Let’s go over our different classes :

The object (just a value object)

public class Data {
	private Integer num1;
	private Integer num2;
	private Integer result;

	public Data(Integer num1, Integer num2) {
		this.num1 = num1;
		this.num2 = num2;
	public String toString() {
		return num1+" en "+num2+(result != null ? " = "+result : "");
	public Integer getResult() {
		return result;
	public void setResult(Integer result) {
		this.result = result;
	public Integer getNum1() {
		return num1;
	public Integer getNum2() {
		return num2;

The flow of a batch job is defined in a job xml, that is placed under the /META-INF/batch-jobs directory. We called ours : myJob.xml
As all classes are CDI beans with default names (@Named annotated), we refer to them with their lowerCamelCase name. (don’t forget to add an empty beans.xml file in the WEB-INF dir.)
We define 2 steps: the first one uses the chunked approach, executing the batch in chunks of 3 items; the second step uses the batchlet approach. This batchlet will just print a message.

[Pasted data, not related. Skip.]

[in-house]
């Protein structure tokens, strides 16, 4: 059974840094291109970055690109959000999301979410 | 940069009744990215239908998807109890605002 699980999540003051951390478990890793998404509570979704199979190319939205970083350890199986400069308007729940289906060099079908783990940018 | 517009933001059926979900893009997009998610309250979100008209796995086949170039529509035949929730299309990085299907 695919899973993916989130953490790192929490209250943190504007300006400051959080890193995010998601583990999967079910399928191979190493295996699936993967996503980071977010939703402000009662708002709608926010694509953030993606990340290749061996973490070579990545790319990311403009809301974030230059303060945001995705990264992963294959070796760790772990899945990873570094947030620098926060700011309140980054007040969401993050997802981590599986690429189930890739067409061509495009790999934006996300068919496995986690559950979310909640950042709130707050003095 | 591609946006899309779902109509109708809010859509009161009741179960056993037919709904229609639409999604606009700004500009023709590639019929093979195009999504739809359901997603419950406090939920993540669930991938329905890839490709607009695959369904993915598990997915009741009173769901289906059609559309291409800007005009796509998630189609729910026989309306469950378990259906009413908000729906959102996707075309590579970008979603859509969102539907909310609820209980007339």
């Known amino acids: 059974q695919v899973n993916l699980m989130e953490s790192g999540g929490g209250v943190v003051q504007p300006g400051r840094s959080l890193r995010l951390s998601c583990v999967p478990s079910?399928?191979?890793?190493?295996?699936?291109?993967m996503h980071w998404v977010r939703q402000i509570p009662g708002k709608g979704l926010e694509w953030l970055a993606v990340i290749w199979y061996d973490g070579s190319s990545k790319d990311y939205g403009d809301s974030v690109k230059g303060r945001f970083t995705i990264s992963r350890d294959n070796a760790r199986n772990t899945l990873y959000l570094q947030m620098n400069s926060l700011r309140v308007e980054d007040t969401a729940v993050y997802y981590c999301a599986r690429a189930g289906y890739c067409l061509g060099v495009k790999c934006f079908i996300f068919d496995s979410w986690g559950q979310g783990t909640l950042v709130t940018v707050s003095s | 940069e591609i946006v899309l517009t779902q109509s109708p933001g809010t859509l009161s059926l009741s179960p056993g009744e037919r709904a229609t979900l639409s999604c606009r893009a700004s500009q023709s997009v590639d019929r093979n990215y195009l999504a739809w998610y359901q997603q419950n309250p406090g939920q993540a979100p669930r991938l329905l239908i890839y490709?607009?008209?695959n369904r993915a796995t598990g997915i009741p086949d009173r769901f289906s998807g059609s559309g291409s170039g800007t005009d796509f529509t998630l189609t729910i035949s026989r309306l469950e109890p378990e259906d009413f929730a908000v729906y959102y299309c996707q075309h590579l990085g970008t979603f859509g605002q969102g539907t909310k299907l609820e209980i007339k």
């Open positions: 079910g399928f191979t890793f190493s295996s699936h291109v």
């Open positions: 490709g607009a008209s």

Note the “next” attribute in the step, declaring what the next step will be after “step1”.

<job id="myJob" xmlns="" version="1.0" >
	<step id="step1" next="step2">
		<chunk item-count="3">
 			<reader ref="myItemReader"/>
 			<processor ref="myItemProcessorPlus"/>
 			<writer ref="myItemWriter"/>
	<step id="step2">
		<batchlet ref="myBatchlet"/>

MyItemReader : open method is executed once and creates a list. ReadItem method reads 1 item.

public class MyItemReader extends AbstractItemReader{
	private List<Data> listData = new ArrayList<Data>();
	int count=0;

	public void open(Serializable c) throws Exception {
		System.out.println("FILL LIST");
		 Random randomGenerator = new Random();
		    for (int idx = 1; idx <= 10; ++idx){
		      int randomInt1 = randomGenerator.nextInt(100);
		      int randomInt2 = randomGenerator.nextInt(100);
		      listData.add(new Data(randomInt1,randomInt2));

	public Data readItem() throws Exception {